Access into BC’s southern interior relied primarily on waterway connections from the south until the Canadian Pacific Railway pushed a new line westwards through the Crowsnest Pass from Lethbridge. Prompted by rich mineral discoveries in the West Kootenay and intense rivalry over control of the region by the American owned Great Northern Railway, the CPR entered into an agreement with the federal government to build the line in exchange for a construction subsidy. Work proceeded rapidly and the first train arrived in Cranbrook on August 23, 1898. The railway continues to play an important role in the city and the Cranbrook yard forms the centerpiece for the HO scale layout constructed by a dedicated group of railway modelers intent on recreating a section of Canadian Pacific’s southern mainline.

Planning for the model dates back to the early days of the museum when a small team was formed to develop designs for an operating public display. At that time the museum consisted of several historic railcars located on the site where two preserved Alco diesel locomotives stand today. Space for the layout was made available in a vacant baggage car and work began in January, 1991. The first milestone was reached in June when a real gold spike was driven home to officially open a basic loop of track approximately 125 feet in length. Further work on scenery and structures continued until 2002 when relocation of the museum’s railcar collection made it necessary to dismantle the layout and vacate the baggage car. Parts of the model were then stored in the basement of the freight shed where they remained largely forgotten.

After discovering stored pieces of the original model in 2010, a new group of volunteers was inspired to resurrect the project. Parts of the original railway have been incorporated into the current model along with upgraded structures, new custom painted backdrops, and hundreds of rejuvenated trees. In its present form, the layout depicts scenes from Bull River westwards through Cranbrook to Kootenay Landing where the rails once ended and all freight and passengers had to be transferred for ongoing travel by barge or steamboat. Completion of the railway link to Nelson in 1931 brought an end to the steamboat era but sets the stage for the model railway which spans a period of more than two decades including the introduction of diesel locomotives in the mid-1950’s. In addition to Kootenay Landing, major scenes include Moyle Lake, the Cranbrook yard and roundhouse, and a partial view of the Bull River dam with its log flume and sawmill.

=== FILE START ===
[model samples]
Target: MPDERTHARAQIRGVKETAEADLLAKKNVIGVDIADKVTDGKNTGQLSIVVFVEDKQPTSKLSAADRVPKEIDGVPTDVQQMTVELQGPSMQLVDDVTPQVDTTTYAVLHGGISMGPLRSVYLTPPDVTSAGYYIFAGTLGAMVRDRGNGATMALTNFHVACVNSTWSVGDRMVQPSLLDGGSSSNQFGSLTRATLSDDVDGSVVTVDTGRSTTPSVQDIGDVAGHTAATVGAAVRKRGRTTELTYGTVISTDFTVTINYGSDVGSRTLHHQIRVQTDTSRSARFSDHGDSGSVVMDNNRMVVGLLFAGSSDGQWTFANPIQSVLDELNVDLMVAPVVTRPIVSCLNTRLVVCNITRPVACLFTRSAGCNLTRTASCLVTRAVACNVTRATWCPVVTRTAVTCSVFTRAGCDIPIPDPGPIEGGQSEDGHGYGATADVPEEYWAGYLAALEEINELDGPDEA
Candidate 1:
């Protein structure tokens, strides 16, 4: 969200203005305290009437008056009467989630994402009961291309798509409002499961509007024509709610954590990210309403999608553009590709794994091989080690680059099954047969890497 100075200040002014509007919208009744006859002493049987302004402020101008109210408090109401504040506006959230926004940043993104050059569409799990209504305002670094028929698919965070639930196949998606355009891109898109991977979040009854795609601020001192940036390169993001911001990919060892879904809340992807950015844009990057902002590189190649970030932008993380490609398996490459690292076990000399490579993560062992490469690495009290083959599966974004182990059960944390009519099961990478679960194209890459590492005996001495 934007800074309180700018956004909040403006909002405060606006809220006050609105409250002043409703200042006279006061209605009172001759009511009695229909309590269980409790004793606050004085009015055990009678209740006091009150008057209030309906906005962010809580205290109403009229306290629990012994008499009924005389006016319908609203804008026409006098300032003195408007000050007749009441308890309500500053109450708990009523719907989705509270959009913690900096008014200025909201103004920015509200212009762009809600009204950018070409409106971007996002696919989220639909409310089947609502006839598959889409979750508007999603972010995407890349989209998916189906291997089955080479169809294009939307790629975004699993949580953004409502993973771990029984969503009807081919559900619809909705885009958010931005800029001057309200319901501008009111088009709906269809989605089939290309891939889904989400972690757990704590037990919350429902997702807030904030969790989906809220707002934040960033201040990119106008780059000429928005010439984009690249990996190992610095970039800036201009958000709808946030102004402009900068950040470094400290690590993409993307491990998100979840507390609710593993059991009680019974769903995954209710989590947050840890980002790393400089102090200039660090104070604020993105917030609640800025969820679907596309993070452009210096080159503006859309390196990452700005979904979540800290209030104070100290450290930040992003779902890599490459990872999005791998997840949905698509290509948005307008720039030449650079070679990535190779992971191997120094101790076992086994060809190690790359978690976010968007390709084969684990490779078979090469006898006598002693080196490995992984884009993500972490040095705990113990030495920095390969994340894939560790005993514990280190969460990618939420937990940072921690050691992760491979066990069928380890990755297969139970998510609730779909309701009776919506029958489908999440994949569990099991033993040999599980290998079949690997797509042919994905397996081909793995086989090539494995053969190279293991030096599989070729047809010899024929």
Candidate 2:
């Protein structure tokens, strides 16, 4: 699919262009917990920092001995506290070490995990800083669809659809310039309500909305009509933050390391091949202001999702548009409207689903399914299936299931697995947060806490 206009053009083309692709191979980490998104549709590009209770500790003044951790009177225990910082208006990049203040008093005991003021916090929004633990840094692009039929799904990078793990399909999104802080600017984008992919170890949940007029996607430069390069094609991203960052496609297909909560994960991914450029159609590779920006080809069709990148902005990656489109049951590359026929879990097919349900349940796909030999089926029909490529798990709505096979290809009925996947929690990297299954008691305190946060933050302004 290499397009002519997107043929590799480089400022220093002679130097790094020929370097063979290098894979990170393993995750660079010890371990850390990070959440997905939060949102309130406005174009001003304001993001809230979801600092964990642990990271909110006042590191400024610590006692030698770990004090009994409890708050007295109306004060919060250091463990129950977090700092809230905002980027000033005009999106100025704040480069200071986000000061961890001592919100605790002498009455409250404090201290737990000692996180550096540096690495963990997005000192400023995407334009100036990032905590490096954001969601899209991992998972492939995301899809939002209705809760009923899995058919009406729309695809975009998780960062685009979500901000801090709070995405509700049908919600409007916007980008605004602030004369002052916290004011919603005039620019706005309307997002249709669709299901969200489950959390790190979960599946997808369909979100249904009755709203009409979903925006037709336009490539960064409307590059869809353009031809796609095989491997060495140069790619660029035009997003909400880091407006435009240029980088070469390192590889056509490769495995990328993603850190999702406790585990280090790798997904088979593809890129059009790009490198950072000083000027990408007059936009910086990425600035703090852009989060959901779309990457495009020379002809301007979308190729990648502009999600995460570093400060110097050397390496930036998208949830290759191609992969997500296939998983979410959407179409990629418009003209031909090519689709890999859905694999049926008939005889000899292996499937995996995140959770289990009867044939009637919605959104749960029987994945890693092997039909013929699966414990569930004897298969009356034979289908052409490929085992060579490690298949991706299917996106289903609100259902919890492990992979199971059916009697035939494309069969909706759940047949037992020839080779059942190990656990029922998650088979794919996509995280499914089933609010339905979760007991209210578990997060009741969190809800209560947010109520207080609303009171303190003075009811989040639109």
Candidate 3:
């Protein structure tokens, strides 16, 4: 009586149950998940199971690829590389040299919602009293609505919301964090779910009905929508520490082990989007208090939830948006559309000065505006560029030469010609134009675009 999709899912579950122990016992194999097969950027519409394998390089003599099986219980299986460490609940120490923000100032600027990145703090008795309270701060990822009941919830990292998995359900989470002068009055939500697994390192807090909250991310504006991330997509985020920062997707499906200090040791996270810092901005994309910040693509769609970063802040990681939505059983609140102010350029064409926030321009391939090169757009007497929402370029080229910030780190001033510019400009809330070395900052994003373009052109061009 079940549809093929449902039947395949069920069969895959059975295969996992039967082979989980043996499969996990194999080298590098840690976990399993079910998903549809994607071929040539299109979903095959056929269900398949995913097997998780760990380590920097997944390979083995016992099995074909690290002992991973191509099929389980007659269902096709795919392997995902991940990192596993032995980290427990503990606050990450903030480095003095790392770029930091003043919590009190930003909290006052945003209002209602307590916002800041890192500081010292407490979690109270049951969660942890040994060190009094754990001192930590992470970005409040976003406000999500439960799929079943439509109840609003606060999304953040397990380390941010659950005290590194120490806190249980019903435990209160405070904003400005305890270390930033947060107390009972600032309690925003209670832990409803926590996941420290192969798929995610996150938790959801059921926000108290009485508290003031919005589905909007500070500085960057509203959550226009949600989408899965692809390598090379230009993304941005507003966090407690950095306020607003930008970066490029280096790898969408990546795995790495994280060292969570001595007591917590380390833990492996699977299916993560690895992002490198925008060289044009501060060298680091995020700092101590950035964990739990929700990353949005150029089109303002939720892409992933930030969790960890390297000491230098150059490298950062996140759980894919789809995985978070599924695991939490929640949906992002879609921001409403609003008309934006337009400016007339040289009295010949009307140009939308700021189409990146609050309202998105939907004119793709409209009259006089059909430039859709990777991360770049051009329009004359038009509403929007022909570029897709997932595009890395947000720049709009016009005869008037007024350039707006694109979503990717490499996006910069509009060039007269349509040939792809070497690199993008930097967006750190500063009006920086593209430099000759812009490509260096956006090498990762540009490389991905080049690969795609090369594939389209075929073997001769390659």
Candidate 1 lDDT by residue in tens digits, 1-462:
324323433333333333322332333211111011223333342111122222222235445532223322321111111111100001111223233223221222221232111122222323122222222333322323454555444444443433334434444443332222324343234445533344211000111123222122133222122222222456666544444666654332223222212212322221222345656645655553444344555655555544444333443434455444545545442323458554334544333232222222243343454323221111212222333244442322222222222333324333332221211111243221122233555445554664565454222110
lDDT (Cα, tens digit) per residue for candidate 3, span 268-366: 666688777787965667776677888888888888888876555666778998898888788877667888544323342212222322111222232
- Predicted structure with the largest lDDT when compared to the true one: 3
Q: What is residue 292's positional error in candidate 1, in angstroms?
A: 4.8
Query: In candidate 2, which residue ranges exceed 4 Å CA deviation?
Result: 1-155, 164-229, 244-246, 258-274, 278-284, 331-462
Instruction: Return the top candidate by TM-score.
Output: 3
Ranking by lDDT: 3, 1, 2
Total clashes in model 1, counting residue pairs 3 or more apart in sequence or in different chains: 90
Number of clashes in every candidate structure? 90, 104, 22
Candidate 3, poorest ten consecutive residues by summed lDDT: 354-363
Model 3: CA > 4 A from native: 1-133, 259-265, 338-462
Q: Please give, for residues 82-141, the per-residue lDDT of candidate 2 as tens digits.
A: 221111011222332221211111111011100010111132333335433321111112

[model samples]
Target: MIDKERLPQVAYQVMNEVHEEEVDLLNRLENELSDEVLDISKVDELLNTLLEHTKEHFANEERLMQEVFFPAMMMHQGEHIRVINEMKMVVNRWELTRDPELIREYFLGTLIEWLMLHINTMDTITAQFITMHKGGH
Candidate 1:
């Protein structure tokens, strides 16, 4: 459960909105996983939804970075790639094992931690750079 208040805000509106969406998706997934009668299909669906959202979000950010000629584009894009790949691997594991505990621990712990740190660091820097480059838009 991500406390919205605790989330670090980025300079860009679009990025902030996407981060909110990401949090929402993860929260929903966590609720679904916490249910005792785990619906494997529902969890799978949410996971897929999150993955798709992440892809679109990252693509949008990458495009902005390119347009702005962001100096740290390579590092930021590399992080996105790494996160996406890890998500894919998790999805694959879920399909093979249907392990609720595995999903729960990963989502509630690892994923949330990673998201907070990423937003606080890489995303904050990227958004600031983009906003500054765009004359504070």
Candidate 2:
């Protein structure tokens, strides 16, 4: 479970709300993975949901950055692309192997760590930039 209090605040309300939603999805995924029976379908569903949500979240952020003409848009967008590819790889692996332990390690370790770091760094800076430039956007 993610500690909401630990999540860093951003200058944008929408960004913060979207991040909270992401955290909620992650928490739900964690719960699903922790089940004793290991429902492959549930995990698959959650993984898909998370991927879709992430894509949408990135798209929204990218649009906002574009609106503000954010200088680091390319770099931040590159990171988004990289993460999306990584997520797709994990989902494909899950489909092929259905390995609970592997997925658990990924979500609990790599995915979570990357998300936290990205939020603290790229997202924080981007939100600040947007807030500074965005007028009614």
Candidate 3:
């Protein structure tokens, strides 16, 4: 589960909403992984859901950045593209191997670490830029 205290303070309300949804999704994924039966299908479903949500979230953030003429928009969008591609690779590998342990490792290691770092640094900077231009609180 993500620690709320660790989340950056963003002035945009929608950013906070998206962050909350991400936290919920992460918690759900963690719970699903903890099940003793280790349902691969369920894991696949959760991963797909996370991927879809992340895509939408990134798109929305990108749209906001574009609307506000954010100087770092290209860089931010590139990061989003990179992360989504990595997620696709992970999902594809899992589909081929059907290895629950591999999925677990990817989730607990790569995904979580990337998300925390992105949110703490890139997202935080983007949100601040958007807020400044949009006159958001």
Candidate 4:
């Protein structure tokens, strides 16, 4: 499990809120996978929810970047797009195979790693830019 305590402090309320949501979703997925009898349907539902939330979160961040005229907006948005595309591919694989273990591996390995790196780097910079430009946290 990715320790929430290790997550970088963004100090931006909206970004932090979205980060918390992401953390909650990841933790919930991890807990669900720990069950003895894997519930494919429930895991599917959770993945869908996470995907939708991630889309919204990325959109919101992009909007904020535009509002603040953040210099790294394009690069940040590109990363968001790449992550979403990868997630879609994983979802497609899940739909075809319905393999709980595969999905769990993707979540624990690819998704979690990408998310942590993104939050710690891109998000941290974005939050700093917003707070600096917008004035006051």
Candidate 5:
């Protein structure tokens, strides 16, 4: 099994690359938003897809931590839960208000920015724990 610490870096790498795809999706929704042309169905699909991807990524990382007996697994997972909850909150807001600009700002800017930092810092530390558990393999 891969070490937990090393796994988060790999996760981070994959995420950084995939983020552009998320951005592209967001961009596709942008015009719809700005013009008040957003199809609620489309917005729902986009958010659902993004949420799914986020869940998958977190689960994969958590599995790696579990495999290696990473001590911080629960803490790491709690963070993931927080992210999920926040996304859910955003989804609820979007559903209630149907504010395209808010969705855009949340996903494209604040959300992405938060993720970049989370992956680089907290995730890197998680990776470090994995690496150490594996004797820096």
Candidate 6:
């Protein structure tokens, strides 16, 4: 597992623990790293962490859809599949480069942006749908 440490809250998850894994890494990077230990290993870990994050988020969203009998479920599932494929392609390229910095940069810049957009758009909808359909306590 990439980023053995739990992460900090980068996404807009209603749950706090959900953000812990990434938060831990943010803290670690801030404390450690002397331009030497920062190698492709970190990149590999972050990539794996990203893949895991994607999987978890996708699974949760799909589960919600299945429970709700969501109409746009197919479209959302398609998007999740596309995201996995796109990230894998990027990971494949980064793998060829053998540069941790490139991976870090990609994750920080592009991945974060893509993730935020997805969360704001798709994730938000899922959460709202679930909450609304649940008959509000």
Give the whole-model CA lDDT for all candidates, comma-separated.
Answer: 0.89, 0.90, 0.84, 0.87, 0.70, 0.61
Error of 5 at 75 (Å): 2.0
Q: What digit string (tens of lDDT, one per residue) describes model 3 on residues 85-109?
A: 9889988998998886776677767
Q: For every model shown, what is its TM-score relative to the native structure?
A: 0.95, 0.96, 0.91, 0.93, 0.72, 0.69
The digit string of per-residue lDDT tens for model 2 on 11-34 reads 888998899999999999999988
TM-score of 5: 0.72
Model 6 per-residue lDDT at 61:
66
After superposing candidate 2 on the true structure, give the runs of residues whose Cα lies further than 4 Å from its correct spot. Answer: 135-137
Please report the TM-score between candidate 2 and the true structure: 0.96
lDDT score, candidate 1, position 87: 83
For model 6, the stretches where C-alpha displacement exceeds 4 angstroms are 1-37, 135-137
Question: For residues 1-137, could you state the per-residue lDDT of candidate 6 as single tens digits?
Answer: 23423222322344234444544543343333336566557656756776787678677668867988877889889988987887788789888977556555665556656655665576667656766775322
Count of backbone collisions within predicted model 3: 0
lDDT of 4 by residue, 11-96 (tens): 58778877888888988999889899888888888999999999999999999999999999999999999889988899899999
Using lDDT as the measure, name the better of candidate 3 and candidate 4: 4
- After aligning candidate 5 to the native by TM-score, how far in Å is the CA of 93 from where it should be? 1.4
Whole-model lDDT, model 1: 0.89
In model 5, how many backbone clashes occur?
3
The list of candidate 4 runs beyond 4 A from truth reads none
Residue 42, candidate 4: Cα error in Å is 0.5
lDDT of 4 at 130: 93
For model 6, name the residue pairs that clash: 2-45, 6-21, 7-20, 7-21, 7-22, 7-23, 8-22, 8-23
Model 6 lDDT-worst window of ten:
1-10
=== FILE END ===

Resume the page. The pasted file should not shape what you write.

More details will be added as time and resources permit, but a train can be operated by pushing the white button located in front of the Cranbrook yard.

Over the years many people have contributed to the development and construction of this display.

Builders of the original HO layout

  • Glen Finley
  • Paul LePage
  • Doug Martin
  • Ken Moan
  • Clem Pepin
  • John Reihm
  • Gord Smith
  • Joe Staples
  • Jake Swaney
  • Bob Whetham

Volunteers and Builders since 2010

  • Terry and Karen Clark
  • Gary Crouse
  • Hardy Dittmar
  • George Evans
  • Hugh Hambleton
  • Doug Hamilton
  • Steve Lathem
  • Paul LePage
  • Russ and Sandra Lust
  • Larry Mistal
  • Ken Moan
  • Dennis Paulson
  • Lee Searle
  • Peter Siegenthaler
  • Bob Whetham
  • Tom Wilcock